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French Agency for Food, Environmental and Occupational Health & Safety

Enumerating Legionella in water: ANSES reviews the existing methods

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News of 18/07/2011

18 July 2011

Legionellosis (or Legionnaires' Disease) is a lung infection caused by bacteria of the Legionella genus. The disease is monitored mainly through data collected when cases are reported to the authorities, which has been mandatory since 1987. In 2010, 1540 cases were notified to the French Institute for Public Health Surveillance (InVS). In 2010, 159 of the cases notified led to death, i.e. a mortality rate of 11.7% for the disease.

The public health Act of 2004 set a goal to reduce legionellosis cases by 50% between 2004 and 2008. More recently, the Second French National Environment & Health Action Plan 2010-2013 (PNSE2) included among its priorities, improving the investigation of legionellosis cases, preventing the onset of legionellosis related to the contamination of hot water systems and continuing research. ANSES was specified as a partner for this PNSE2 activity.
The main known sources of human exposure to Legionella are environmental in origin. They are linked to proliferation of bacteria in damp environments that can occur under certain conditions and especially in domestic hot water circuits and air-conditioning systems using cooling towers. The regulations governing the environmental monitoring of Legionella concern Legionella spp in cooling towers and Legionella pneumophila in hot water systems. This surveillance is currently based on the culture method, as described in the French Standard NF T90 431 "Recherche et dénombrement de Legionella spp. et de Legionella pneumophila par culture sur milieux gélosés" (Screening and enumeration of Legionella spp. and Legionella pneumophila by culture on agar media). Today, however, several other methods for screening for or enumerating Legionella are being developed or, in some cases, already being used, on a relatively large scale.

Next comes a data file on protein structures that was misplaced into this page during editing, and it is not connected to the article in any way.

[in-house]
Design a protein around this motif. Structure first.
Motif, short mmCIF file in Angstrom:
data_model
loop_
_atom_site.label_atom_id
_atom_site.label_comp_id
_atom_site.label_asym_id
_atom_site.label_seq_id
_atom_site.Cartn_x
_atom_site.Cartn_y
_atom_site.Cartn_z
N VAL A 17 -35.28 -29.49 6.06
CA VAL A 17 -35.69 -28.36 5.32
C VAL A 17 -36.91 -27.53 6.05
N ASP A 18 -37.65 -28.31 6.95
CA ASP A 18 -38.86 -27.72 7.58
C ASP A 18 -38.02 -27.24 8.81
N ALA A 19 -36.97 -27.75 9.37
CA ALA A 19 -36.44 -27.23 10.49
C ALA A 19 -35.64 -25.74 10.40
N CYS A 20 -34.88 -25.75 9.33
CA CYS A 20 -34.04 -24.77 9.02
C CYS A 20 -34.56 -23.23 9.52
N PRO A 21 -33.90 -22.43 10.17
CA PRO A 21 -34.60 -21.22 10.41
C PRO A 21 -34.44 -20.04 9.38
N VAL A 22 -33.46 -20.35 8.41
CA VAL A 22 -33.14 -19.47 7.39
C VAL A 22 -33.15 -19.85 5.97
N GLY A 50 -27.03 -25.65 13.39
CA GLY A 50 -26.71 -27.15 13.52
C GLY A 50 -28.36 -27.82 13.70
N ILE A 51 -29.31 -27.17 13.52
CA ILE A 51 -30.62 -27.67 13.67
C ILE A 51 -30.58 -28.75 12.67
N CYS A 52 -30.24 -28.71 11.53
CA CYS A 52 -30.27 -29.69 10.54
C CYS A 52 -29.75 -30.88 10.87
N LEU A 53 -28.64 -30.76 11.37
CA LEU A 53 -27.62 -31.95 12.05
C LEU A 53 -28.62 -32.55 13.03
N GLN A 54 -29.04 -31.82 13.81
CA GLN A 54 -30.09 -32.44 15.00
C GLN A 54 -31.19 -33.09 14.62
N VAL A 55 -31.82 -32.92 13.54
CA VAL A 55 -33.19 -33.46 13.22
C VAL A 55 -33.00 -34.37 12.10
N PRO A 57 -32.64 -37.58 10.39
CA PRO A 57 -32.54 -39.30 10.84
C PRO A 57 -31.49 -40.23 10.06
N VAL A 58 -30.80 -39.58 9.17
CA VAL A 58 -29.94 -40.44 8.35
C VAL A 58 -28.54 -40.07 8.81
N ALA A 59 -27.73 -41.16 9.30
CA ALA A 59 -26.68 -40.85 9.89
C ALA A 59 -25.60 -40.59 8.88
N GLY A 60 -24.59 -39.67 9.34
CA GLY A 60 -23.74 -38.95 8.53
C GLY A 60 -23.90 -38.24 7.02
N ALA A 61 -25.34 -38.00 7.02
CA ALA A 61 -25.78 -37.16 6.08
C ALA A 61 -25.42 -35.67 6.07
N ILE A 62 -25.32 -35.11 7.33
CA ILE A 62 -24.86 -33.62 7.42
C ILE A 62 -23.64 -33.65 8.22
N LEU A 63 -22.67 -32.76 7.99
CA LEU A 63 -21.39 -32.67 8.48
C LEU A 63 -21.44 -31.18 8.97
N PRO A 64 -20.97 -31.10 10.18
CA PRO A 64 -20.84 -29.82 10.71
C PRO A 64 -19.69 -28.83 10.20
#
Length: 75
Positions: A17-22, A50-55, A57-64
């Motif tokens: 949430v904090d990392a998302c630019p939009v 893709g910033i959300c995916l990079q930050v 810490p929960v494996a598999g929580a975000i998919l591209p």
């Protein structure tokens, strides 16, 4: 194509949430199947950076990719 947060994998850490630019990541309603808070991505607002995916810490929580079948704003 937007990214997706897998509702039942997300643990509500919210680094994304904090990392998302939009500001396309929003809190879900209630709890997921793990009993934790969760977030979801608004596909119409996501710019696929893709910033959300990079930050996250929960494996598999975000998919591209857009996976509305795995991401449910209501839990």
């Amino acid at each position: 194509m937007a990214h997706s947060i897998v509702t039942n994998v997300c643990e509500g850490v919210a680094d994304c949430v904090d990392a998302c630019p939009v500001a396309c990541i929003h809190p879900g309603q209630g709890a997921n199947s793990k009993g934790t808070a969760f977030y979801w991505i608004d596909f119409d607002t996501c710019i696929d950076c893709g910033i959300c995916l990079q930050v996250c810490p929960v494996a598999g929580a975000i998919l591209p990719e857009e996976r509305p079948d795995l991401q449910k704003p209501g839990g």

Identifying the most effective methods to be used

In this context, on 29 July 2009 the Directorate General for Health (DGS) and the Directorate General for Risk Prevention (DGPR) asked the Agency to investigate enumeration methods. The Agency’s mission was to list and describe all existing methods for the specific enumeration of Legionella in water and to determine whether they could be implemented effectively for monitoring hot water systems and cooling towers.
In response to this request, a collective expert appraisal was undertaken and validated by the Agency’s Expert Committee for “Assessment of risks linked to water and biological agents”.
After reviewing the scientific literature and available data concerning the monitoring of legionellosis cases in France, the working group mandated to carry out the expert appraisal first concluded that the enumeration methods to be chosen should, for public health reasons, cover Legionella pneumophila in hot water systems and the cold water circuits of cooling towers. It also defined the criteria to be taken into account for assessing the effectiveness of a method for enumerating Legionella for the purpose of monitoring hot water systems and cooling towers with a view to adapting the regulations accordingly.
As a result of the review and comparative analysis of the available methods for enumerating Legionella in water, two existing methods appear to be sufficiently effective and robust: culture (in compliance with the NF T90 431 standard) and quantitative PCR (in compliance with the NF T 90 471 standard).
The working group also considered the criteria for interpreting the results obtained with these two methods, and proposed appropriate target enumeration values for the various regulatory contexts.
It also suggested topics for further study and research to extend our knowledge in order to improve methods for enumerating bacteria of the genus Legionella in water and interpreting their results.

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